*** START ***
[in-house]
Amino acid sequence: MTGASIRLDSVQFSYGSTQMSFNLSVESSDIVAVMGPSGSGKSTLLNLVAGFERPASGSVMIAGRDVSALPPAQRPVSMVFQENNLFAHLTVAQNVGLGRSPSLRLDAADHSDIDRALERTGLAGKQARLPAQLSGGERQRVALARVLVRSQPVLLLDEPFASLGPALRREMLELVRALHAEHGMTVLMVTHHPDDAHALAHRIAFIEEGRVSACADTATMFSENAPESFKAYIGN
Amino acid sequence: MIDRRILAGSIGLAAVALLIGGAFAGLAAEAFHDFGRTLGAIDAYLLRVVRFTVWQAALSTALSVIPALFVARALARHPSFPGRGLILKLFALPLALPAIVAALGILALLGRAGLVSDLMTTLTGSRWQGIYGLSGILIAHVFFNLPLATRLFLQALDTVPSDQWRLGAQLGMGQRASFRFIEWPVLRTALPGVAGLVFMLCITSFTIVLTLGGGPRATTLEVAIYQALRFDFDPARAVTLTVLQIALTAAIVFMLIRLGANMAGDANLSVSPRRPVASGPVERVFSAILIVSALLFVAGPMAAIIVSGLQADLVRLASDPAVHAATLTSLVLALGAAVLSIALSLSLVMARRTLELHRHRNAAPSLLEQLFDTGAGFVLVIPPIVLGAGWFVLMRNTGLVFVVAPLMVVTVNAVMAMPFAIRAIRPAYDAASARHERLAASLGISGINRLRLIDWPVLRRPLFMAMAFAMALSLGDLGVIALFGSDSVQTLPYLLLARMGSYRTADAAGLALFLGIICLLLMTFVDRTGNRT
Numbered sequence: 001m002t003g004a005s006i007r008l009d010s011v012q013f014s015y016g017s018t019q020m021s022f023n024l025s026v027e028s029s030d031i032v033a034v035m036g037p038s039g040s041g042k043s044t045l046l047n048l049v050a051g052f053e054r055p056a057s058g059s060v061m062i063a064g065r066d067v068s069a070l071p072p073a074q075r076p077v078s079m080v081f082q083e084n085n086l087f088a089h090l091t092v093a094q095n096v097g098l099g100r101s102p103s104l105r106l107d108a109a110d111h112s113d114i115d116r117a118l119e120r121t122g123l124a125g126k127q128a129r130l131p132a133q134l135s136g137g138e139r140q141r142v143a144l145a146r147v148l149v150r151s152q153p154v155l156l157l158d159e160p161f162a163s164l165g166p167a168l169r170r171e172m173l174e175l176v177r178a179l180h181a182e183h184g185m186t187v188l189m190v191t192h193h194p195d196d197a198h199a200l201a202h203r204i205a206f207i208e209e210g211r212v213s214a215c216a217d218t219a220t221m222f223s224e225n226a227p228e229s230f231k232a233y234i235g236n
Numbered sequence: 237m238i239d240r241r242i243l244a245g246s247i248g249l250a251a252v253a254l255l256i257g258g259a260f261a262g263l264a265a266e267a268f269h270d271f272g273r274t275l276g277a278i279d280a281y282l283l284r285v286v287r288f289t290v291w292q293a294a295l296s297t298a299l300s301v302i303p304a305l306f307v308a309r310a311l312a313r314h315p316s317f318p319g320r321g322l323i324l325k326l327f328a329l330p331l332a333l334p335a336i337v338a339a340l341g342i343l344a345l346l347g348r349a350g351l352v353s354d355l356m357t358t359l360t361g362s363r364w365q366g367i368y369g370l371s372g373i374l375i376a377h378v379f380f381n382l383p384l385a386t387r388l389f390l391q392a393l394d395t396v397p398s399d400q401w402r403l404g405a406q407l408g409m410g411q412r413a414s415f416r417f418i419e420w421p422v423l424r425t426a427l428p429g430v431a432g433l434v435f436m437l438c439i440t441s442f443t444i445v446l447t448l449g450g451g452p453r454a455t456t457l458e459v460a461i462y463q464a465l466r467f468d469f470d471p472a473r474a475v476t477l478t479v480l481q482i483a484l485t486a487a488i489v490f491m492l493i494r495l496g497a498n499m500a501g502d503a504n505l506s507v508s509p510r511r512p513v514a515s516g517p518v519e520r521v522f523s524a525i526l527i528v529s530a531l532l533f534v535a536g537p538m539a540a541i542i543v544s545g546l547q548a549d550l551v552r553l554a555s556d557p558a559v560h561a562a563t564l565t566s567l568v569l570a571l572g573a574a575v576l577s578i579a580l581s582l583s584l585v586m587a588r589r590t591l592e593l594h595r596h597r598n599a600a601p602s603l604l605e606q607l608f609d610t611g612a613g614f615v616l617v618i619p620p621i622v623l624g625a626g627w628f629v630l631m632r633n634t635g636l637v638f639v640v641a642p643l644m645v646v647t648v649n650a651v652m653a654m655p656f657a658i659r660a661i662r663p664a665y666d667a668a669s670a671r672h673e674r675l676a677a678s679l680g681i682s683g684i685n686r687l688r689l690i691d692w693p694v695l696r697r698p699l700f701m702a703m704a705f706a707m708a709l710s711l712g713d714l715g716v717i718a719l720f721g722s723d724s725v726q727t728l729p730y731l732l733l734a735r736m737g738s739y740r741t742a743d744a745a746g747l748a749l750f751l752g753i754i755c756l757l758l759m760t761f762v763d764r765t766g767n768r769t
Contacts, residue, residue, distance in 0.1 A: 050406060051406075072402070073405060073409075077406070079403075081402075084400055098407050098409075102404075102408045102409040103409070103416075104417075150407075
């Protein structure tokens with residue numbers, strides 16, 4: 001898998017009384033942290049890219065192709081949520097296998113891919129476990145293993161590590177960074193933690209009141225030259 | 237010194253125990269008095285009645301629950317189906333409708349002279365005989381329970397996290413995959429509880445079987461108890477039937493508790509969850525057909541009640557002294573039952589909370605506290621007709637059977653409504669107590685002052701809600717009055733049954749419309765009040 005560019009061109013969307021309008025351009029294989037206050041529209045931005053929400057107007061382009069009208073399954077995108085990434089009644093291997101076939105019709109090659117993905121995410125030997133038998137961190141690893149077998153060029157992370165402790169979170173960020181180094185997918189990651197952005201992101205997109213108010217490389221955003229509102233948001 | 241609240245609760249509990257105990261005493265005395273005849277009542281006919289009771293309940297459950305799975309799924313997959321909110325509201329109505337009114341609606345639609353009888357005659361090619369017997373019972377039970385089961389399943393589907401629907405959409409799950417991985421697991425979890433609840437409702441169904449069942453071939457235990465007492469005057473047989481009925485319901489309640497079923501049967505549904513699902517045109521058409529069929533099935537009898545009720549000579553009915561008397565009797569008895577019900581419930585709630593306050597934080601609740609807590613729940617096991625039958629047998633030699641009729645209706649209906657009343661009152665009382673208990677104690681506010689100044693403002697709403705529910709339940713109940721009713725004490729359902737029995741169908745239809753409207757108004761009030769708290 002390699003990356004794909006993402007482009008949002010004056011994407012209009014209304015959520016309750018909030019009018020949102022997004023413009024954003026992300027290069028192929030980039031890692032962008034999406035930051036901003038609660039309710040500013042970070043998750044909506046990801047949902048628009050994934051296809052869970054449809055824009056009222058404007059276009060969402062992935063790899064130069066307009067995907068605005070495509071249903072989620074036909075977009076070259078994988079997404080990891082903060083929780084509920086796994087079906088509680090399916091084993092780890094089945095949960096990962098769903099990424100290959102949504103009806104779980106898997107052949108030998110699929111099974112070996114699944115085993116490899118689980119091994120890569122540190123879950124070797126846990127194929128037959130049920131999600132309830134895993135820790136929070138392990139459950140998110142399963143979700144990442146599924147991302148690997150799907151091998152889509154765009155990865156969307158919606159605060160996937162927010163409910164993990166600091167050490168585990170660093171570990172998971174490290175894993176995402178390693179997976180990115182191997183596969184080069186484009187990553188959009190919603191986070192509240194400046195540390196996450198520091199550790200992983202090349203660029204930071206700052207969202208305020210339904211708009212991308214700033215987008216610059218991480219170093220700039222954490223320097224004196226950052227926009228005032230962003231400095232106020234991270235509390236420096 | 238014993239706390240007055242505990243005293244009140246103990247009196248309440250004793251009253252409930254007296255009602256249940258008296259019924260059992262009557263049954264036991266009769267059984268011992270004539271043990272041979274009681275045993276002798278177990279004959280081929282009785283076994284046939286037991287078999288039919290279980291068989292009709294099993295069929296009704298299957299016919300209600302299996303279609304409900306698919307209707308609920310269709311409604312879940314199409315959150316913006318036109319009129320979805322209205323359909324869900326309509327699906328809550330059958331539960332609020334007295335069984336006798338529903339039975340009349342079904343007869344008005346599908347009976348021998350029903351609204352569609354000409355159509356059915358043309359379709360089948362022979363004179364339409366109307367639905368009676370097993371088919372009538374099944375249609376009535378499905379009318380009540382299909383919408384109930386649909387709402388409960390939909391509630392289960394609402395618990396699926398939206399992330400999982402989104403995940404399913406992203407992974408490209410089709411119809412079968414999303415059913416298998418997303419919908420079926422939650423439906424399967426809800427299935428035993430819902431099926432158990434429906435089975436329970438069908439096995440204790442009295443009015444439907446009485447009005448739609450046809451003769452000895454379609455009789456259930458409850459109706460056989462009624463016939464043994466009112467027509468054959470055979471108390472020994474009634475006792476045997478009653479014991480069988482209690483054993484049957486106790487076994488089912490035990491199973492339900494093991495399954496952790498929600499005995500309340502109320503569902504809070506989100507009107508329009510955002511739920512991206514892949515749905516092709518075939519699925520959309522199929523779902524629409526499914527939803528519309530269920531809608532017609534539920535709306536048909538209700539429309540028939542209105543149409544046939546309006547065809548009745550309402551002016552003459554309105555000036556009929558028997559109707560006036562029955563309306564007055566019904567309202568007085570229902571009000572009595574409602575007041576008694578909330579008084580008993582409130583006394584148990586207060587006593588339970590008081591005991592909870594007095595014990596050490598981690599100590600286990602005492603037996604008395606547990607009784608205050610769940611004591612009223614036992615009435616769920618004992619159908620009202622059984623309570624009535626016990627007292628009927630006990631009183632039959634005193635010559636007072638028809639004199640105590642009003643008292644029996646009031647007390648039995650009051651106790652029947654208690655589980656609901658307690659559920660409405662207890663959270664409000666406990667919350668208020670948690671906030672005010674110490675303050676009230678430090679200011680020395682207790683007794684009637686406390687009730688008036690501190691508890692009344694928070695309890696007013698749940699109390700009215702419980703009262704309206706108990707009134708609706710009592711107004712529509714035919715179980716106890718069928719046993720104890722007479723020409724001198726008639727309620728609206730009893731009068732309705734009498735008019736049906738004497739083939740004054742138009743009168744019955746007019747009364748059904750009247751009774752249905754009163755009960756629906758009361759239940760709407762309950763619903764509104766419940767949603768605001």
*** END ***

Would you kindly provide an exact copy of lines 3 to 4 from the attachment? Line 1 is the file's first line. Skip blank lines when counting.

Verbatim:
Amino acid sequence: MIDRRILAGSIGLAAVALLIGGAFAGLAAEAFHDFGRTLGAIDAYLLRVVRFTVWQAALSTALSVIPALFVARALARHPSFPGRGLILKLFALPLALPAIVAALGILALLGRAGLVSDLMTTLTGSRWQGIYGLSGILIAHVFFNLPLATRLFLQALDTVPSDQWRLGAQLGMGQRASFRFIEWPVLRTALPGVAGLVFMLCITSFTIVLTLGGGPRATTLEVAIYQALRFDFDPARAVTLTVLQIALTAAIVFMLIRLGANMAGDANLSVSPRRPVASGPVERVFSAILIVSALLFVAGPMAAIIVSGLQADLVRLASDPAVHAATLTSLVLALGAAVLSIALSLSLVMARRTLELHRHRNAAPSLLEQLFDTGAGFVLVIPPIVLGAGWFVLMRNTGLVFVVAPLMVVTVNAVMAMPFAIRAIRPAYDAASARHERLAASLGISGINRLRLIDWPVLRRPLFMAMAFAMALSLGDLGVIALFGSDSVQTLPYLLLARMGSYRTADAAGLALFLGIICLLLMTFVDRTGNRT
Numbered sequence: 001m002t003g004a005s006i007r008l009d010s011v012q013f014s015y016g017s018t019q020m021s022f023n024l025s026v027e028s029s030d031i032v033a034v035m036g037p038s039g040s041g042k043s044t045l046l047n048l049v050a051g052f053e054r055p056a057s058g059s060v061m062i063a064g065r066d067v068s069a070l071p072p073a074q075r076p077v078s079m080v081f082q083e084n085n086l087f088a089h090l091t092v093a094q095n096v097g098l099g100r101s102p103s104l105r106l107d108a109a110d111h112s113d114i115d116r117a118l119e120r121t122g123l124a125g126k127q128a129r130l131p132a133q134l135s136g137g138e139r140q141r142v143a144l145a146r147v148l149v150r151s152q153p154v155l156l157l158d159e160p161f162a163s164l165g166p167a168l169r170r171e172m173l174e175l176v177r178a179l180h181a182e183h184g185m186t187v188l189m190v191t192h193h194p195d196d197a198h199a200l201a202h203r204i205a206f207i208e209e210g211r212v213s214a215c216a217d218t219a220t221m222f223s224e225n226a227p228e229s230f231k232a233y234i235g236n